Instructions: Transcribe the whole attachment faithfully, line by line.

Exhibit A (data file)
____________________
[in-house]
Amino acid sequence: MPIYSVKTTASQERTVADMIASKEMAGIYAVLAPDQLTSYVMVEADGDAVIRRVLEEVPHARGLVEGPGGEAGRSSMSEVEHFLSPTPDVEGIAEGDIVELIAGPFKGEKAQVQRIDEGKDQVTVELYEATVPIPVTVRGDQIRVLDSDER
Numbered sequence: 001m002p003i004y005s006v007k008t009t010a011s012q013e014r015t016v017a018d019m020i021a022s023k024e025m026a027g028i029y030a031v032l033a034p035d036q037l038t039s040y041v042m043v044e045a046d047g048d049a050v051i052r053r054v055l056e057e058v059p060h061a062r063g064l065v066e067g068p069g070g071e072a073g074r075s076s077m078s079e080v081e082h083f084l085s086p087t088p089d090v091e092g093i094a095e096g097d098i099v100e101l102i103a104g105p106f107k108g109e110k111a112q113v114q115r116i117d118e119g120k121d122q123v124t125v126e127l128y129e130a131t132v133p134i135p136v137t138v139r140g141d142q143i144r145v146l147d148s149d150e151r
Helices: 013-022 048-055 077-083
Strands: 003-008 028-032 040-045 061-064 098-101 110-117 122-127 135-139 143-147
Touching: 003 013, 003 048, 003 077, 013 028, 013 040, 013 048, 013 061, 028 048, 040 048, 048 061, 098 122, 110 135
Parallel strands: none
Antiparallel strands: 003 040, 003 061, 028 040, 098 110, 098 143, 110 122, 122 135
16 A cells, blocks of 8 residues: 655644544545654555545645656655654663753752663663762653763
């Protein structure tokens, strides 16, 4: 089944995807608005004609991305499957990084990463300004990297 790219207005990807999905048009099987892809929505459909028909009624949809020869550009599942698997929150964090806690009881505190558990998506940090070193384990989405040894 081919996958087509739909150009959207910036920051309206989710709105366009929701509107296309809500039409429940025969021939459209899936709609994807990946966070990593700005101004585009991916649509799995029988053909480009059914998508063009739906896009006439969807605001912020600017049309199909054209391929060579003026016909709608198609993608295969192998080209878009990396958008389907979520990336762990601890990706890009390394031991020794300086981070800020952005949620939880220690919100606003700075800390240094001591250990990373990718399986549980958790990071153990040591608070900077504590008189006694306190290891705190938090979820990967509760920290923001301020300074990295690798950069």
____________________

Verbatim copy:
[in-house]
Amino acid sequence: MPIYSVKTTASQERTVADMIASKEMAGIYAVLAPDQLTSYVMVEADGDAVIRRVLEEVPHARGLVEGPGGEAGRSSMSEVEHFLSPTPDVEGIAEGDIVELIAGPFKGEKAQVQRIDEGKDQVTVELYEATVPIPVTVRGDQIRVLDSDER
Numbered sequence: 001m002p003i004y005s006v007k008t009t010a011s012q013e014r015t016v017a018d019m020i021a022s023k024e025m026a027g028i029y030a031v032l033a034p035d036q037l038t039s040y041v042m043v044e045a046d047g048d049a050v051i052r053r054v055l056e057e058v059p060h061a062r063g064l065v066e067g068p069g070g071e072a073g074r075s076s077m078s079e080v081e082h083f084l085s086p087t088p089d090v091e092g093i094a095e096g097d098i099v100e101l102i103a104g105p106f107k108g109e110k111a112q113v114q115r116i117d118e119g120k121d122q123v124t125v126e127l128y129e130a131t132v133p134i135p136v137t138v139r140g141d142q143i144r145v146l147d148s149d150e151r
Helices: 013-022 048-055 077-083
Strands: 003-008 028-032 040-045 061-064 098-101 110-117 122-127 135-139 143-147
Touching: 003 013, 003 048, 003 077, 013 028, 013 040, 013 048, 013 061, 028 048, 040 048, 048 061, 098 122, 110 135
Parallel strands: none
Antiparallel strands: 003 040, 003 061, 028 040, 098 110, 098 143, 110 122, 122 135
16 A cells, blocks of 8 residues: 655644544545654555545645656655654663753752663663762653763
């Protein structure tokens, strides 16, 4: 089944995807608005004609991305499957990084990463300004990297 790219207005990807999905048009099987892809929505459909028909009624949809020869550009599942698997929150964090806690009881505190558990998506940090070193384990989405040894 081919996958087509739909150009959207910036920051309206989710709105366009929701509107296309809500039409429940025969021939459209899936709609994807990946966070990593700005101004585009991916649509799995029988053909480009059914998508063009739906896009006439969807605001912020600017049309199909054209391929060579003026016909709608198609993608295969192998080209878009990396958008389907979520990336762990601890990706890009390394031991020794300086981070800020952005949620939880220690919100606003700075800390240094001591250990990373990718399986549980958790990071153990040591608070900077504590008189006694306190290891705190938090979820990967509760920290923001301020300074990295690798950069």